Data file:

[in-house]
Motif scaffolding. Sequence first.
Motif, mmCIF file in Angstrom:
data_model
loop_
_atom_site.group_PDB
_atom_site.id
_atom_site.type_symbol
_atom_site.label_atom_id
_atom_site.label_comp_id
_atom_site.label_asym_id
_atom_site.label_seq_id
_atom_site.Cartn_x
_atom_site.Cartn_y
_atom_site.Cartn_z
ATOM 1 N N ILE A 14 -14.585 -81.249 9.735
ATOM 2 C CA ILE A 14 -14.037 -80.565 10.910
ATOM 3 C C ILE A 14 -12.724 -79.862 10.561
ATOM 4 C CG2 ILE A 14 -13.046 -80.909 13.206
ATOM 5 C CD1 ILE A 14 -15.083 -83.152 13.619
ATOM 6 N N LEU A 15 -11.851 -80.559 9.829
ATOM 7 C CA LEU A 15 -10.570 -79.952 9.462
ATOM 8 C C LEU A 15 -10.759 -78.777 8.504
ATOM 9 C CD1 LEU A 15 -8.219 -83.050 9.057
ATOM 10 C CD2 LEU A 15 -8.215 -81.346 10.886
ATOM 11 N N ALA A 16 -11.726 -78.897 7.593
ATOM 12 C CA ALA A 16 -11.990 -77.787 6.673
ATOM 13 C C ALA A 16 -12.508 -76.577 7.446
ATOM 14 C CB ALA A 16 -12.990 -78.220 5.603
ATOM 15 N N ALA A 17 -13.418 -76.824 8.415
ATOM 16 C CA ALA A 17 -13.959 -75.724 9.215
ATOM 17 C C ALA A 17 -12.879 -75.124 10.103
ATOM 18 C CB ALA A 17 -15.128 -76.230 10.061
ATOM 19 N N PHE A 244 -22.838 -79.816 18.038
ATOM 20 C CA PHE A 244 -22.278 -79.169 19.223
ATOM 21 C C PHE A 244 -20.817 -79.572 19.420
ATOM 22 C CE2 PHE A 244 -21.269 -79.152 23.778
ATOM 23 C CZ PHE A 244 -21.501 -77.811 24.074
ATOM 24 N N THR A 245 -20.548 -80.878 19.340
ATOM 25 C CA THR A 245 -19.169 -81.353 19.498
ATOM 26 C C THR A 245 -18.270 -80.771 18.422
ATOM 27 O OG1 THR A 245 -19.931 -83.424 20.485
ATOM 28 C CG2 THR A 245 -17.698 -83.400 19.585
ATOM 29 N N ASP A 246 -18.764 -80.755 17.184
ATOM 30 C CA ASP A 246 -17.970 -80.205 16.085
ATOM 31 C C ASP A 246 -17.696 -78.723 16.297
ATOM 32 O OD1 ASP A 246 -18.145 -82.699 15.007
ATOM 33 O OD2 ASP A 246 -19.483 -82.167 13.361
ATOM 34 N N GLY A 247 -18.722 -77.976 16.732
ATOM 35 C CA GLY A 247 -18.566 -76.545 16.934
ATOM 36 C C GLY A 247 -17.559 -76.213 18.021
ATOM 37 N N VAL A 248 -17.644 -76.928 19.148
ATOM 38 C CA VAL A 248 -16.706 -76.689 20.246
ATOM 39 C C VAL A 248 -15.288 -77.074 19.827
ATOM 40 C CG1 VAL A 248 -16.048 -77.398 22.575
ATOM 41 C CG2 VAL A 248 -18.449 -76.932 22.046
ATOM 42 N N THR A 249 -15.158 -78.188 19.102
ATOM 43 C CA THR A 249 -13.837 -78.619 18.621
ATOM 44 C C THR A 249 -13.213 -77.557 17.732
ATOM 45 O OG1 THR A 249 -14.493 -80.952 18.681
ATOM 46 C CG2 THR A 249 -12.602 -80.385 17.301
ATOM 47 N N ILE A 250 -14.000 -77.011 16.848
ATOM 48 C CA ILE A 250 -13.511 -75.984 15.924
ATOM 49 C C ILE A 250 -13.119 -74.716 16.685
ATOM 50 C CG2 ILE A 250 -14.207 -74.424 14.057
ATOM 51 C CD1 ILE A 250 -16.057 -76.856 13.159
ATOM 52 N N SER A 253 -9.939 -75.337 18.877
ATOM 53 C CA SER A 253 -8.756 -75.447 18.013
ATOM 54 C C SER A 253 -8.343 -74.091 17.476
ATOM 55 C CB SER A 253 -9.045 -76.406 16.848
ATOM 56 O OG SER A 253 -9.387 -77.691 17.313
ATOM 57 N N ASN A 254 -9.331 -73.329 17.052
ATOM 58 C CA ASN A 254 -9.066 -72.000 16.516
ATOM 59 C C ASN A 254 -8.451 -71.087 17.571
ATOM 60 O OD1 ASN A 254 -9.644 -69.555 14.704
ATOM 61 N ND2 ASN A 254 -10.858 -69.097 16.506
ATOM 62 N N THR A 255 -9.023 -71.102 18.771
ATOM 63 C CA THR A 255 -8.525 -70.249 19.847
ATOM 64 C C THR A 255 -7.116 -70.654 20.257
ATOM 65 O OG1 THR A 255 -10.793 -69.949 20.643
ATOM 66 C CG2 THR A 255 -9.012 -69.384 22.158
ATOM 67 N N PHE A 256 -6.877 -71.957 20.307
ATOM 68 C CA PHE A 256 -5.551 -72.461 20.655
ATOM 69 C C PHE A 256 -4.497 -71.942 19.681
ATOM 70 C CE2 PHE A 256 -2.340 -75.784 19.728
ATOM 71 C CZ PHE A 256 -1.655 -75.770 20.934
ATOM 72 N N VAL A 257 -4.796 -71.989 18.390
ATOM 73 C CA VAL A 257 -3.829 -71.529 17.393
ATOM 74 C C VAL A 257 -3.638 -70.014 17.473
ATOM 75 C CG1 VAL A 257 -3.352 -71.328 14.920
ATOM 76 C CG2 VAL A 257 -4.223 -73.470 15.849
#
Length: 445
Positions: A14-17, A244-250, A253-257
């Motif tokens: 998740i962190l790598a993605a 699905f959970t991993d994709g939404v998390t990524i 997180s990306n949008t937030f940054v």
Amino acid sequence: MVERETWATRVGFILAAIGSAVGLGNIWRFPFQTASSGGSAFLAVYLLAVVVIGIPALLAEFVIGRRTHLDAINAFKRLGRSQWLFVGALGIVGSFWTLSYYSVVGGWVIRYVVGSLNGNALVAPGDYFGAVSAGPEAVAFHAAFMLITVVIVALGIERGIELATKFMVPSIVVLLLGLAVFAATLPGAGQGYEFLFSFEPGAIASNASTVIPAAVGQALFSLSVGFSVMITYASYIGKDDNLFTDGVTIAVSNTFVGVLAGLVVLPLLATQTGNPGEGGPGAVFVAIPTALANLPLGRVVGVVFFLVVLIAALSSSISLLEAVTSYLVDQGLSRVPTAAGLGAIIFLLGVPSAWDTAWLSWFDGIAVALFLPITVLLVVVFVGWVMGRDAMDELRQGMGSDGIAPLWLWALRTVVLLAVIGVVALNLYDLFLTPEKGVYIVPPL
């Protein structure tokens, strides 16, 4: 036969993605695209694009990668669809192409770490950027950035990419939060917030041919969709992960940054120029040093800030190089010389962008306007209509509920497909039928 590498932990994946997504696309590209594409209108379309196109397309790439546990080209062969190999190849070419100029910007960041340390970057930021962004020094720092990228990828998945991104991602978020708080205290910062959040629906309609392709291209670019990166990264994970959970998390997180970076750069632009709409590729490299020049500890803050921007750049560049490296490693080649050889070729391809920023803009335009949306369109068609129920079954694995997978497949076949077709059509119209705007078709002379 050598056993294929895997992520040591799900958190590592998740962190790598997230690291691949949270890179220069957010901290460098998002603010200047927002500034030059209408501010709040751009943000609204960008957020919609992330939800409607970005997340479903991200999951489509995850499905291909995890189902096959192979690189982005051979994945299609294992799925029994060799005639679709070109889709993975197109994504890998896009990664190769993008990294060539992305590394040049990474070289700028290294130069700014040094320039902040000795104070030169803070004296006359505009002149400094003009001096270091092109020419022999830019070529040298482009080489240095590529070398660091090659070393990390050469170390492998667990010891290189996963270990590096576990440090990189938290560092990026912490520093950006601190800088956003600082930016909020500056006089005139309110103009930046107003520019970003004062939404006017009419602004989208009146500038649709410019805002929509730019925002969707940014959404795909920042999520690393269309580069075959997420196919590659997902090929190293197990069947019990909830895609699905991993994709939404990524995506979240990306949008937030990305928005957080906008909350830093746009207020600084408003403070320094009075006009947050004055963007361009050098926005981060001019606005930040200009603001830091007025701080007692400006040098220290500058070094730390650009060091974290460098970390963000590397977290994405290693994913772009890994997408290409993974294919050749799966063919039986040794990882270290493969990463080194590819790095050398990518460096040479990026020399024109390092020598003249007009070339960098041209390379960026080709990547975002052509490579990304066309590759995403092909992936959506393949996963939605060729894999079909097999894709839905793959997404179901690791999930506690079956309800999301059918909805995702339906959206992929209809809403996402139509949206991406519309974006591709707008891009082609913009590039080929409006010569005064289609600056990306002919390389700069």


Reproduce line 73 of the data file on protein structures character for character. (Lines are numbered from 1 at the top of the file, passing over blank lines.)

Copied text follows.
ATOM 58 C CA ASN A 254 -9.066 -72.000 16.516